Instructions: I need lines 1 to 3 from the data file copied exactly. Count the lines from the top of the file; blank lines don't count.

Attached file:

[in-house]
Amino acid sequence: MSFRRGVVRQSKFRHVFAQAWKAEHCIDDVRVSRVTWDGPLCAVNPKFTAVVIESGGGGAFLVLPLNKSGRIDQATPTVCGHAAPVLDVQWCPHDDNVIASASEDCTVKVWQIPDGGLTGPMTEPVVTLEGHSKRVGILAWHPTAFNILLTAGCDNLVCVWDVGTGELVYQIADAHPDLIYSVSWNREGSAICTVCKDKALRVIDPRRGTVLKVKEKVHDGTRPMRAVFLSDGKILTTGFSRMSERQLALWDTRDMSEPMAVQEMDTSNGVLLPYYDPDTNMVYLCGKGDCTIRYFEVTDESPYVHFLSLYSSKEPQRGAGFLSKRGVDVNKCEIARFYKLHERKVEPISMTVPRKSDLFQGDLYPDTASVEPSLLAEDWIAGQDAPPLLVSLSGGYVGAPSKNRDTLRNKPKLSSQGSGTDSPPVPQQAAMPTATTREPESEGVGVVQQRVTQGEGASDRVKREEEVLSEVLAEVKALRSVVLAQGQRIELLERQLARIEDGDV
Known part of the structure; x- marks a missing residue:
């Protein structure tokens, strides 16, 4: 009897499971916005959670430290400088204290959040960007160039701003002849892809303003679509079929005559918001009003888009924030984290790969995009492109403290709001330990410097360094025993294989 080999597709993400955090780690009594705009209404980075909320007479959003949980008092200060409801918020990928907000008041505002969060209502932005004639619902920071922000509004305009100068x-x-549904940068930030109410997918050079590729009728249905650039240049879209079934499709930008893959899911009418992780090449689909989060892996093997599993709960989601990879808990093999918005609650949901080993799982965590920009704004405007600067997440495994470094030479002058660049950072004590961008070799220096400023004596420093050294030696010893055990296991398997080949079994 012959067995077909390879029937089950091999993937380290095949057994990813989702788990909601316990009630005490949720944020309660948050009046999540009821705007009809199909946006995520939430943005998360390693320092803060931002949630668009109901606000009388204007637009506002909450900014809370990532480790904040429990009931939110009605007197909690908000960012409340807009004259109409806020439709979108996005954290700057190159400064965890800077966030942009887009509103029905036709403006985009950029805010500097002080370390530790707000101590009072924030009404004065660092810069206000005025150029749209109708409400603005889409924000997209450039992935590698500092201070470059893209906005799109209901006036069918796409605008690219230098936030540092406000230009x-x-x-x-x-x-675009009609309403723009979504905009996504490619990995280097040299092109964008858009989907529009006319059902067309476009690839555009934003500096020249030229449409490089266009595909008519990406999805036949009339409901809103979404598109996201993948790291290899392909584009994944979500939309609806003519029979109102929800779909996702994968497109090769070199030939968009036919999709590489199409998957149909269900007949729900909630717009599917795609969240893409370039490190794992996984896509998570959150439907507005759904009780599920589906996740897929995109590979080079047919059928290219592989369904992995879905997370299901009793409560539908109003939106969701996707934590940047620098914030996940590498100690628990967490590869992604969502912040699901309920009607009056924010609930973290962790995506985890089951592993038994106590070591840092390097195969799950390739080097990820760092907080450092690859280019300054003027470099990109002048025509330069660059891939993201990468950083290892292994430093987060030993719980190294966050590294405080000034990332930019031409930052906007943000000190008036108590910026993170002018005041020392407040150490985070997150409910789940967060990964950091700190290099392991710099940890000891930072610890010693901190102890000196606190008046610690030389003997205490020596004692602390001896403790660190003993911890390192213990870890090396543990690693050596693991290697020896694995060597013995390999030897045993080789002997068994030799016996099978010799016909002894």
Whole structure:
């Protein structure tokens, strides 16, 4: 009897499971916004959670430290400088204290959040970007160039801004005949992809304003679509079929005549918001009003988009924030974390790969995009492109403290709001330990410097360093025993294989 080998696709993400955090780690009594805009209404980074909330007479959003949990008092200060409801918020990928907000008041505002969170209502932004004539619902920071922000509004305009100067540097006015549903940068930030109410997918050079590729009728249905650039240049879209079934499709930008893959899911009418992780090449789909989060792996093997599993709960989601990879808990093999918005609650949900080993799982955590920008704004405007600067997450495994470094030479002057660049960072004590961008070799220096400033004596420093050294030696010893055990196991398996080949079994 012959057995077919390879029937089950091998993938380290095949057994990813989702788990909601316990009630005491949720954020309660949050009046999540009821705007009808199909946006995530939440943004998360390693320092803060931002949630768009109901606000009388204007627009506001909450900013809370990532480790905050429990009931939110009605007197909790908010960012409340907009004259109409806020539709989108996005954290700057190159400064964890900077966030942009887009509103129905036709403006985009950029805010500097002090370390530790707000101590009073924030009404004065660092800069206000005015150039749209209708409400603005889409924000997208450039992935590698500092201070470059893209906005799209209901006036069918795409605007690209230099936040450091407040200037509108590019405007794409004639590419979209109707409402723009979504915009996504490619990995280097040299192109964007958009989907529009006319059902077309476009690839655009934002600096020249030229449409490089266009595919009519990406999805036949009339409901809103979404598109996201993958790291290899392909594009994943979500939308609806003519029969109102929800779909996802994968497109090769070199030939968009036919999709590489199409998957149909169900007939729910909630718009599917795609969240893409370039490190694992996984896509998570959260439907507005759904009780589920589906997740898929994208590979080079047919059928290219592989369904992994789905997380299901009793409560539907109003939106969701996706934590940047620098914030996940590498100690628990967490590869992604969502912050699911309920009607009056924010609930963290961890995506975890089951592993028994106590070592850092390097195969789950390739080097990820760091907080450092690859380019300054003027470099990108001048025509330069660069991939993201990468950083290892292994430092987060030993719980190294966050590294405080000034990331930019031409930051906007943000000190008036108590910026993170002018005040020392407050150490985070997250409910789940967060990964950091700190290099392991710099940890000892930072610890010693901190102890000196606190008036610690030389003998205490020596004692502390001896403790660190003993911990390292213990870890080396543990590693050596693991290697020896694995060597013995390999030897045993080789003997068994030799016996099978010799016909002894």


[in-house]
Amino acid sequence: MSFRRGVVRQSKFRHVFAQAWKAEHCIDDVRVSRVTWDGPLCAVNPKFTAVVIESGGGGAFLVLPLNKSGRIDQATPTVCGHAAPVLDVQWCPHDDNVIASASEDCTVKVWQIPDGGLTGPMTEPVVTLEGHSKRVGILAWHPTAFNILLTAGCDNLVCVWDVGTGELVYQIADAHPDLIYSVSWNREGSAICTVCKDKALRVIDPRRGTVLKVKEKVHDGTRPMRAVFLSDGKILTTGFSRMSERQLALWDTRDMSEPMAVQEMDTSNGVLLPYYDPDTNMVYLCGKGDCTIRYFEVTDESPYVHFLSLYSSKEPQRGAGFLSKRGVDVNKCEIARFYKLHERKVEPISMTVPRKSDLFQGDLYPDTASVEPSLLAEDWIAGQDAPPLLVSLSGGYVGAPSKNRDTLRNKPKLSSQGSGTDSPPVPQQAAMPTATTREPESEGVGVVQQRVTQGEGASDRVKREEEVLSEVLAEVKALRSVVLAQGQRIELLERQLARIEDGDV
Known part of the structure; x- marks a missing residue: